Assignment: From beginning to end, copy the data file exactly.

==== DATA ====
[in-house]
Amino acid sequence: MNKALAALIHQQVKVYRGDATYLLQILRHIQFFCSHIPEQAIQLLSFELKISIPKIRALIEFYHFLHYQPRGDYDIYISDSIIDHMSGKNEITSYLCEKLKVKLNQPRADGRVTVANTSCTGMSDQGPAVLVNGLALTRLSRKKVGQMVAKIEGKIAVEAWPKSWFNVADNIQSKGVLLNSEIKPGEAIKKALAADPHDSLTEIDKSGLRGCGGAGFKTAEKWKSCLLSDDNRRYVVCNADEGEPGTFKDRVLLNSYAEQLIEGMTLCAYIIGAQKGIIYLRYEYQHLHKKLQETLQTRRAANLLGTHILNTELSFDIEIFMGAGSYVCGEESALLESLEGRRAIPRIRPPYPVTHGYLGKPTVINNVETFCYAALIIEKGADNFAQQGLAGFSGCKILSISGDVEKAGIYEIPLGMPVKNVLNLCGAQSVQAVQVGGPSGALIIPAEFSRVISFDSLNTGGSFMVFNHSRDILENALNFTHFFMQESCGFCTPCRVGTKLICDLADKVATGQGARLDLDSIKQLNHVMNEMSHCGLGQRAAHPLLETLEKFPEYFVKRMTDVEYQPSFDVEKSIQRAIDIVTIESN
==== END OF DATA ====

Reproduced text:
[in-house]
Amino acid sequence: MNKALAALIHQQVKVYRGDATYLLQILRHIQFFCSHIPEQAIQLLSFELKISIPKIRALIEFYHFLHYQPRGDYDIYISDSIIDHMSGKNEITSYLCEKLKVKLNQPRADGRVTVANTSCTGMSDQGPAVLVNGLALTRLSRKKVGQMVAKIEGKIAVEAWPKSWFNVADNIQSKGVLLNSEIKPGEAIKKALAADPHDSLTEIDKSGLRGCGGAGFKTAEKWKSCLLSDDNRRYVVCNADEGEPGTFKDRVLLNSYAEQLIEGMTLCAYIIGAQKGIIYLRYEYQHLHKKLQETLQTRRAANLLGTHILNTELSFDIEIFMGAGSYVCGEESALLESLEGRRAIPRIRPPYPVTHGYLGKPTVINNVETFCYAALIIEKGADNFAQQGLAGFSGCKILSISGDVEKAGIYEIPLGMPVKNVLNLCGAQSVQAVQVGGPSGALIIPAEFSRVISFDSLNTGGSFMVFNHSRDILENALNFTHFFMQESCGFCTPCRVGTKLICDLADKVATGQGARLDLDSIKQLNHVMNEMSHCGLGQRAAHPLLETLEKFPEYFVKRMTDVEYQPSFDVEKSIQRAIDIVTIESN